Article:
Use these networking tips to advance your nursing career

Just as with any career, networking is essential to landing the nursing job you've been working toward. Knowing the right people can make all the difference when it comes time to apply for the position you're hoping to fill.

Whether you've recently received your Masters of Science in Nursing or you've been in the workforce for years, the benefits of having a strong professional network is always helpful. Use these tips to make the most of your networking efforts.

Don't focus too much on yourself
While the underlying goal of networking is meeting new health professionals who you can turn to for help in your job search, it's important to realize that in order to stand out from the rest of the nurses searching for a position, you have to show your contacts something other than your interest in a job. Experts recommend having a relevant fact or skill in mind that will make them remember you. Cathy Taylor, careers advisor at the Royal College of Nursing in England, told that it's better to make your conversations about the professionals you're networking with instead of what you need from them.

"Instead of just asking about jobs, say something like 'I'm interested in moving into this area, and would you have any time to talk to me about your work and how you got into it?'" suggested Taylor. "Make the conversation about them rather than yourself."

MeetWhen you meet other nurses or health professionals, express sincere interest in what they do.

Make a point to attend conferences
As you build your professional network, consider attending conferences where you'll find nursing professionals ready to talk and answer any questions you may have. There are very few opportunities where you will find these connections in such an accessible setting. Do your research to see which conferences are occurring near you and attend the ones that are going to benefit you most. Strike up a conversation, expressing your interests and skills, and then provide your contact information and ask for theirs. If you end up applying to the care setting or organization they work at, writing that you know them on your application can determine your success at standing out from other applicants.

"Social media sites like LinkedIn can serve as powerful networking tools."

Keep social media in mind
While face-to-face interactions often lead to the best professional networking relationships, social media sites like LinkedIn can serve as powerful networking tools when this isn't possible. Keep your online profiles complete with your most recent certifications and accomplishments. Connect with everyone from nursing friends to colleagues and old professors – you never know who may be able to lend a helping hand in the future. You can also follow top health care organizations for career postings and comment on or share nursing-related articles to spark up conversations with fellow nurses and health professionals.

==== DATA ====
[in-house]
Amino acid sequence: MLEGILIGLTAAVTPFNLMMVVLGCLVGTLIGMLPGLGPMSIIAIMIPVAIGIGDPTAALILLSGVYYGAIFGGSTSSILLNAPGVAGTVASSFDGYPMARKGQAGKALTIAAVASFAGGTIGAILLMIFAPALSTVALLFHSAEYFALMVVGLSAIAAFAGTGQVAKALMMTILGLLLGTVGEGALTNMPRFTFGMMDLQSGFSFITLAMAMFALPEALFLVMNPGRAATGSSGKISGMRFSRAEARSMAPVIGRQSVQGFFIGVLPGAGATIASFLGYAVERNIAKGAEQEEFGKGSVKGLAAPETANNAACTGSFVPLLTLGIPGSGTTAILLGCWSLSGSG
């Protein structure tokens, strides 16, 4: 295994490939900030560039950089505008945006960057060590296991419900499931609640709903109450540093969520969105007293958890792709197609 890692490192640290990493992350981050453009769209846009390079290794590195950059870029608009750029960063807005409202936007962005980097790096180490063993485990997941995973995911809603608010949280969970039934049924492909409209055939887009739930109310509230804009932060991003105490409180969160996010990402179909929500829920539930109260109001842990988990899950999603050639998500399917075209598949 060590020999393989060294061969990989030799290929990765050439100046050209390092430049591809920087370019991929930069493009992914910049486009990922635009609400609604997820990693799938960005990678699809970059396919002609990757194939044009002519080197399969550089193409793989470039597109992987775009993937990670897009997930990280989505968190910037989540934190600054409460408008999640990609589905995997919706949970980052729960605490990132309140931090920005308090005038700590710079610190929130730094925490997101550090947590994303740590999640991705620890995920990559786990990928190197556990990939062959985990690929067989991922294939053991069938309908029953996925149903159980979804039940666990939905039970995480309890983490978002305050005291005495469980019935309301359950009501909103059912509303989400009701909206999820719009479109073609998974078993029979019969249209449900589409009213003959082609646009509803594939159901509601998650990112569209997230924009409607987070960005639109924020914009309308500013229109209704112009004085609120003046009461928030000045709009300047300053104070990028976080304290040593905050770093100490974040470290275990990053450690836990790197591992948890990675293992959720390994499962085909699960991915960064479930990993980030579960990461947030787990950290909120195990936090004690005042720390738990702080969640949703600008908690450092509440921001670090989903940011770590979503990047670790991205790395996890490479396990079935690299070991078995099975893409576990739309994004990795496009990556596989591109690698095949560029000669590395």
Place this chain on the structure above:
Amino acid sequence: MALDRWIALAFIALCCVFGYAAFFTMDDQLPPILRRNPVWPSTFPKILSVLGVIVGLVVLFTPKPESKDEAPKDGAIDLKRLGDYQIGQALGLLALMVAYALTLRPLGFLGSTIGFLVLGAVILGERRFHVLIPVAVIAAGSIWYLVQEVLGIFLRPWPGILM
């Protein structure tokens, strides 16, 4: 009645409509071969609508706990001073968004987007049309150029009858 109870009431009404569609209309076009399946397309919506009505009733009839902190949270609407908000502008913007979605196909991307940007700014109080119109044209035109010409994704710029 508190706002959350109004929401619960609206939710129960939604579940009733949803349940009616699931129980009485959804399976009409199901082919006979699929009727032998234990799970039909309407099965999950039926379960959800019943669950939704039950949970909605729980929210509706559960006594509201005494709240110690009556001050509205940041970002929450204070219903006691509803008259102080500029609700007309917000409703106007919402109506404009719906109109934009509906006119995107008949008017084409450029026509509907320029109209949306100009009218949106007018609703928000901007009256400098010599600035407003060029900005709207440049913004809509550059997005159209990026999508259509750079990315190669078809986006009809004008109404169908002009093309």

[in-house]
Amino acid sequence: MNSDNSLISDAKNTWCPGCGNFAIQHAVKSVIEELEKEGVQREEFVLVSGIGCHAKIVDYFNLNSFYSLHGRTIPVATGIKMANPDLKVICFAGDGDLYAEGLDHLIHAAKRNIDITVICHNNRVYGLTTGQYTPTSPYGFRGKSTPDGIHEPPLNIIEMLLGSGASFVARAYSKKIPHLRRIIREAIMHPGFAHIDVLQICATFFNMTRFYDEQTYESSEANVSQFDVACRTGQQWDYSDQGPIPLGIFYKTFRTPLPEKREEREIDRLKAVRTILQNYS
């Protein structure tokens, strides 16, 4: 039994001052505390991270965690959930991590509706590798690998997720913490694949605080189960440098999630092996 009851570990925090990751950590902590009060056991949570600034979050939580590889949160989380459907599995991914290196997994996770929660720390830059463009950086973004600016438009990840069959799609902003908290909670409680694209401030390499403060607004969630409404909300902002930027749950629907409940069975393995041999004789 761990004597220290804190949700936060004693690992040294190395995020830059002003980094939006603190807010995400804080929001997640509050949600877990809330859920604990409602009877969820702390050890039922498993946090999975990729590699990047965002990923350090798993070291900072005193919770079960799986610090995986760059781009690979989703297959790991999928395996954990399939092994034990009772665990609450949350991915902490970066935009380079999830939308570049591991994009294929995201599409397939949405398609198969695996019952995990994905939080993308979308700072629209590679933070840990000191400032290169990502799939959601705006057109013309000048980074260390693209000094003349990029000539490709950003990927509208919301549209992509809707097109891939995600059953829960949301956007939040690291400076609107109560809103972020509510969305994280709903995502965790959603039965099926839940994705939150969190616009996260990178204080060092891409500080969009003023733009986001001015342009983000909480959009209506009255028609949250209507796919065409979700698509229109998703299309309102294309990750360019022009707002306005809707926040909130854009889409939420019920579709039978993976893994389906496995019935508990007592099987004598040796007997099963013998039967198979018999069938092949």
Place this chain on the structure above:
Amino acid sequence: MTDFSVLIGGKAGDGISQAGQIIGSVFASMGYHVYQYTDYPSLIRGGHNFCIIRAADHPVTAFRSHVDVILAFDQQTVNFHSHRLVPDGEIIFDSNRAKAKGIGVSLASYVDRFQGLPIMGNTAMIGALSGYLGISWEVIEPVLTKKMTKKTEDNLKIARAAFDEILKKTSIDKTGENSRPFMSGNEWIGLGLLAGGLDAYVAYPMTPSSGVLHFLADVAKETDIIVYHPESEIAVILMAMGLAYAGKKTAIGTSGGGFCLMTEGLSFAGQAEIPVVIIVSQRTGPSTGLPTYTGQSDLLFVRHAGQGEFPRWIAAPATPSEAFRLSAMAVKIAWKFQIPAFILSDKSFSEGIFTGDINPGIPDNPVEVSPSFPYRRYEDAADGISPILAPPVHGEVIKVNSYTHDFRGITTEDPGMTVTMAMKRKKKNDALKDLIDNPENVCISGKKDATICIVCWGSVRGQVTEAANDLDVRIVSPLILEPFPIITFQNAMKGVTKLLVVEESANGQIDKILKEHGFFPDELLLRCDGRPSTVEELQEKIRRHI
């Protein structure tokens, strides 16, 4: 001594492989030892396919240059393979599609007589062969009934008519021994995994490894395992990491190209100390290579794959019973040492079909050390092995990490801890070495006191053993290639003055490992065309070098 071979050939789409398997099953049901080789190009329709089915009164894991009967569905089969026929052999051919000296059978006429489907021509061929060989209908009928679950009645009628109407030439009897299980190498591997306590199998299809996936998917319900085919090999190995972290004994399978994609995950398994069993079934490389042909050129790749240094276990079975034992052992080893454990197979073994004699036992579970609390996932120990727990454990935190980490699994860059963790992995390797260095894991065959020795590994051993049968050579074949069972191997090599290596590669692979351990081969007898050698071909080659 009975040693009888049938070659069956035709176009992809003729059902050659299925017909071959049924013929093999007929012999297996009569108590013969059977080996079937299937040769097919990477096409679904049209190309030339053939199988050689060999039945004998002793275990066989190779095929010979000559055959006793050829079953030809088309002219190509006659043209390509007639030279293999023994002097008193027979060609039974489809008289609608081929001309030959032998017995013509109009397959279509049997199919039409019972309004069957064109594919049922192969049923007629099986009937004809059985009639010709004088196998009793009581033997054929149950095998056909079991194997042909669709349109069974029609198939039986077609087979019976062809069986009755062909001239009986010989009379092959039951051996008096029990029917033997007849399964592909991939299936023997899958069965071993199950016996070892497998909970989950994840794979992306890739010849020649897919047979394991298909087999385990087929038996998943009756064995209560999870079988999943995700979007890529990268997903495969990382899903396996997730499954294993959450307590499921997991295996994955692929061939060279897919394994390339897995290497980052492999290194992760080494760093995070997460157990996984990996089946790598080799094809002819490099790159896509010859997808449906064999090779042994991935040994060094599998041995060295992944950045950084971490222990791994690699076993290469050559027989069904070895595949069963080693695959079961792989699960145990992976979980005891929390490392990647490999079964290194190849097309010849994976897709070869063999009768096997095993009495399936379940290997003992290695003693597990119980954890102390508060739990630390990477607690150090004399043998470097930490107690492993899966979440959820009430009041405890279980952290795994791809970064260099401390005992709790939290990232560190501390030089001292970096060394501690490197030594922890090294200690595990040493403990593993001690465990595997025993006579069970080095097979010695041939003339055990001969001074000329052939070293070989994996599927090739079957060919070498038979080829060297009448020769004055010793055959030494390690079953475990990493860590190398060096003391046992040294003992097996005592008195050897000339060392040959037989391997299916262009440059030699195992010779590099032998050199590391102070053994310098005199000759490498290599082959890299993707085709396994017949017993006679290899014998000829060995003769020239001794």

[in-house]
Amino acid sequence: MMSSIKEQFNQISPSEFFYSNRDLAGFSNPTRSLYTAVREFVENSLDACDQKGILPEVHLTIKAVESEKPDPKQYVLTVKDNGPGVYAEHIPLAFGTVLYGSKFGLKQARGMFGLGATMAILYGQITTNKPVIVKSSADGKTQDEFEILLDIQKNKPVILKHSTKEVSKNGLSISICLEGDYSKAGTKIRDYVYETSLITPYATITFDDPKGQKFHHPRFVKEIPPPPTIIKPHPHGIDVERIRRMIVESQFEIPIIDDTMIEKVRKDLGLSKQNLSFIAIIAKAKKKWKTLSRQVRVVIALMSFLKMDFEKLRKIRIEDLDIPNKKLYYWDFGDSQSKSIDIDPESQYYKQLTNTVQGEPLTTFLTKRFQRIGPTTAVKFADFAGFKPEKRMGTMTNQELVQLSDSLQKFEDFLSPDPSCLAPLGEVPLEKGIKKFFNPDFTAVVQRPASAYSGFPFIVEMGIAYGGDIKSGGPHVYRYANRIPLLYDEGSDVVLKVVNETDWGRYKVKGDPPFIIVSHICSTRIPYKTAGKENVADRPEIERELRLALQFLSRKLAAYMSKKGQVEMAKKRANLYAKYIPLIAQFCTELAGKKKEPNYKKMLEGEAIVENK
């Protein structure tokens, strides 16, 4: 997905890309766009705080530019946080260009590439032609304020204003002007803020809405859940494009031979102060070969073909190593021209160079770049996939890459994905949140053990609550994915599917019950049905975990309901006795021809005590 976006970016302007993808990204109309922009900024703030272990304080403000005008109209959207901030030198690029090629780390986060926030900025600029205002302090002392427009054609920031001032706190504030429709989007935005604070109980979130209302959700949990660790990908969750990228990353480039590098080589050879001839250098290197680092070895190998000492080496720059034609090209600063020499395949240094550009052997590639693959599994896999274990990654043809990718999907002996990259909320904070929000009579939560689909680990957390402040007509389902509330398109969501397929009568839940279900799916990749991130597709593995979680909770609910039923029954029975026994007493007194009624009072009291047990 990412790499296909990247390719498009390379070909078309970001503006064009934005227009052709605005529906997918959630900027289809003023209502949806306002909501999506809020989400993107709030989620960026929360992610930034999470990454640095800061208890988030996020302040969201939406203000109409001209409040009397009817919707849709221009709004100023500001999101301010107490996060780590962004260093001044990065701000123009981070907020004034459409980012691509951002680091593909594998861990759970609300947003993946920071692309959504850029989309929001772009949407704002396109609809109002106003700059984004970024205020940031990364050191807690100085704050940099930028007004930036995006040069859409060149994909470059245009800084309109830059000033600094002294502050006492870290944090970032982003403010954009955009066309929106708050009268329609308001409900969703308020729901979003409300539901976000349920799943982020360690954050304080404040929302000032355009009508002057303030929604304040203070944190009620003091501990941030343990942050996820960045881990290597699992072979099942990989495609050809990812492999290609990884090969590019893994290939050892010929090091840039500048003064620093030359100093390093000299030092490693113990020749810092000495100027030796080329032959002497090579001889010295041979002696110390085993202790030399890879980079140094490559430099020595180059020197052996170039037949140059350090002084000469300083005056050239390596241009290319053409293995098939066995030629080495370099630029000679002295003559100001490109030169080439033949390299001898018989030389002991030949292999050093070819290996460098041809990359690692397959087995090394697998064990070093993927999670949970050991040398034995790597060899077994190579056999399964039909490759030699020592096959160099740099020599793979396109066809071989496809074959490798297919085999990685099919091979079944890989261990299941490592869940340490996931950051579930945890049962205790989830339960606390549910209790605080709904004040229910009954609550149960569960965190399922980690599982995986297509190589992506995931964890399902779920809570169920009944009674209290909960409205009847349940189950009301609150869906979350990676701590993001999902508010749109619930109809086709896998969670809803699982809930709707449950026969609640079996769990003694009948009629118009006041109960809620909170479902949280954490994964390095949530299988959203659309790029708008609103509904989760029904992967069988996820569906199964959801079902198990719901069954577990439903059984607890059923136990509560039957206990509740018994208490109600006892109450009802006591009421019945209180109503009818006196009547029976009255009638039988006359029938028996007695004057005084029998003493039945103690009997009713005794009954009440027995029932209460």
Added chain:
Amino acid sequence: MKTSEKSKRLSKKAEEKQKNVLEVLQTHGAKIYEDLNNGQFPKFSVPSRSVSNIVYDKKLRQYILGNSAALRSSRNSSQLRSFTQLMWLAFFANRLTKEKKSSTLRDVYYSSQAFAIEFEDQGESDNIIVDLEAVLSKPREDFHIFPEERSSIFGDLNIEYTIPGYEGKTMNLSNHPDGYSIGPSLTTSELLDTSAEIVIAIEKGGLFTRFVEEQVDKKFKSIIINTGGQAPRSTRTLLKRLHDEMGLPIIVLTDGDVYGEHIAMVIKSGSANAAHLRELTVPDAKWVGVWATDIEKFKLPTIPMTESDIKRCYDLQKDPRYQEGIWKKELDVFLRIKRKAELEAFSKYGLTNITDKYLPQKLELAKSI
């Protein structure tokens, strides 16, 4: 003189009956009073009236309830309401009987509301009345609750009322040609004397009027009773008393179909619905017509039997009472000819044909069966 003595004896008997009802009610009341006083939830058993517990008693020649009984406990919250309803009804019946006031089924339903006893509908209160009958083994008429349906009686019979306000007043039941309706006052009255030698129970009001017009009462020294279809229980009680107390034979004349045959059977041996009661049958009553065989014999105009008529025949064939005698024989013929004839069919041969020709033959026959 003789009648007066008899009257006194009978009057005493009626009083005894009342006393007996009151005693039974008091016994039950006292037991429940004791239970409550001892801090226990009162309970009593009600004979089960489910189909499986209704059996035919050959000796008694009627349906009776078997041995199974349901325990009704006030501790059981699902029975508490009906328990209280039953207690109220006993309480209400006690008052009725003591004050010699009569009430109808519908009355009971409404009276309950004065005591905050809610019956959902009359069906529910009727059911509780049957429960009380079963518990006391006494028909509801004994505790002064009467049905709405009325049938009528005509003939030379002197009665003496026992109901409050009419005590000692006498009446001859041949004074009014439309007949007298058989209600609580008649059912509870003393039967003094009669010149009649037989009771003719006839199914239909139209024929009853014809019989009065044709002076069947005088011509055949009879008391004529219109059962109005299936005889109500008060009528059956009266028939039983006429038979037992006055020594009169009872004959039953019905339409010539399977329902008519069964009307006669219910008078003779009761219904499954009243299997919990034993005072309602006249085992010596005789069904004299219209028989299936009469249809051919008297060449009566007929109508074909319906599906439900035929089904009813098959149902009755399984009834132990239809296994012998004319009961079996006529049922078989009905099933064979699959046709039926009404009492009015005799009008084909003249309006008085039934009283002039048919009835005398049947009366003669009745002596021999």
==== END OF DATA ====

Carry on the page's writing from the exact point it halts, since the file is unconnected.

When it comes to your personal social media accounts, such as Facebook and Twitter, make sure you don't have anything on your page that you wouldn't want your future employer to see. pointed out that many hiring managers look to these social media pages for more information on potential hires and even make hiring decisions based on what they find.

Make it a two-way street
Remember that while your colleagues and nursing friends may be in the same boat as you while you apply for jobs and work to advance your nursing career, there may come a day when they are in a position to help you. Make sure that all of these connections remember you by not only staying connected through LinkedIn, but by letting them know they can reach out to you if there's ever anything you can help them with. This sincerity will stick out in people's minds and make them more willing to assist you if the time ever comes in the future. 

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